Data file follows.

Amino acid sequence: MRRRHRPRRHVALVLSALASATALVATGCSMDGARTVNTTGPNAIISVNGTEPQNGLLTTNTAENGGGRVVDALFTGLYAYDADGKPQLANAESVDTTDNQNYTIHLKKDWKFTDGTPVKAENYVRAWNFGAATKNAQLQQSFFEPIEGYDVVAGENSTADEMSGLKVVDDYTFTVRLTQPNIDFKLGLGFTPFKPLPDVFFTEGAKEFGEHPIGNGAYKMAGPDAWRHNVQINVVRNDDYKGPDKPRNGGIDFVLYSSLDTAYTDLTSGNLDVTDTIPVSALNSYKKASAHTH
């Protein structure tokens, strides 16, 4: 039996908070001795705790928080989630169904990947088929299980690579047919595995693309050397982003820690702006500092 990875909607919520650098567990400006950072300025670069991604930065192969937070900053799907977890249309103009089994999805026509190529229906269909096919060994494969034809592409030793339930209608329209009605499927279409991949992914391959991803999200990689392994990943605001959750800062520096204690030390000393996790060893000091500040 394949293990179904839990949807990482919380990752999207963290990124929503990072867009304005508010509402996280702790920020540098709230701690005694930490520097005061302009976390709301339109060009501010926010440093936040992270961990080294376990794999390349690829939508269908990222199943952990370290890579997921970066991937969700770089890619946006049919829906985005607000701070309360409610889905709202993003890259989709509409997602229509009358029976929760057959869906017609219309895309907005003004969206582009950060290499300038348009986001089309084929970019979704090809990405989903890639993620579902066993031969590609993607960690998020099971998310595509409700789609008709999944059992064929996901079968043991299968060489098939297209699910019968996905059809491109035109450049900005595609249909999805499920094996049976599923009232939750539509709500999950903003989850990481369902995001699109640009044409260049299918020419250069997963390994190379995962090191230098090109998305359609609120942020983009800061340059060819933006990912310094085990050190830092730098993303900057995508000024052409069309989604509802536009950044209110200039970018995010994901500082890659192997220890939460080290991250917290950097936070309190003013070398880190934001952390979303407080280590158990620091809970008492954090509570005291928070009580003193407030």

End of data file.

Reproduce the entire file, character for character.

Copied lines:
Amino acid sequence: MRRRHRPRRHVALVLSALASATALVATGCSMDGARTVNTTGPNAIISVNGTEPQNGLLTTNTAENGGGRVVDALFTGLYAYDADGKPQLANAESVDTTDNQNYTIHLKKDWKFTDGTPVKAENYVRAWNFGAATKNAQLQQSFFEPIEGYDVVAGENSTADEMSGLKVVDDYTFTVRLTQPNIDFKLGLGFTPFKPLPDVFFTEGAKEFGEHPIGNGAYKMAGPDAWRHNVQINVVRNDDYKGPDKPRNGGIDFVLYSSLDTAYTDLTSGNLDVTDTIPVSALNSYKKASAHTH
């Protein structure tokens, strides 16, 4: 039996908070001795705790928080989630169904990947088929299980690579047919595995693309050397982003820690702006500092 990875909607919520650098567990400006950072300025670069991604930065192969937070900053799907977890249309103009089994999805026509190529229906269909096919060994494969034809592409030793339930209608329209009605499927279409991949992914391959991803999200990689392994990943605001959750800062520096204690030390000393996790060893000091500040 394949293990179904839990949807990482919380990752999207963290990124929503990072867009304005508010509402996280702790920020540098709230701690005694930490520097005061302009976390709301339109060009501010926010440093936040992270961990080294376990794999390349690829939508269908990222199943952990370290890579997921970066991937969700770089890619946006049919829906985005607000701070309360409610889905709202993003890259989709509409997602229509009358029976929760057959869906017609219309895309907005003004969206582009950060290499300038348009986001089309084929970019979704090809990405989903890639993620579902066993031969590609993607960690998020099971998310595509409700789609008709999944059992064929996901079968043991299968060489098939297209699910019968996905059809491109035109450049900005595609249909999805499920094996049976599923009232939750539509709500999950903003989850990481369902995001699109640009044409260049299918020419250069997963390994190379995962090191230098090109998305359609609120942020983009800061340059060819933006990912310094085990050190830092730098993303900057995508000024052409069309989604509802536009950044209110200039970018995010994901500082890659192997220890939460080290991250917290950097936070309190003013070398880190934001952390979303407080280590158990620091809970008492954090509570005291928070009580003193407030």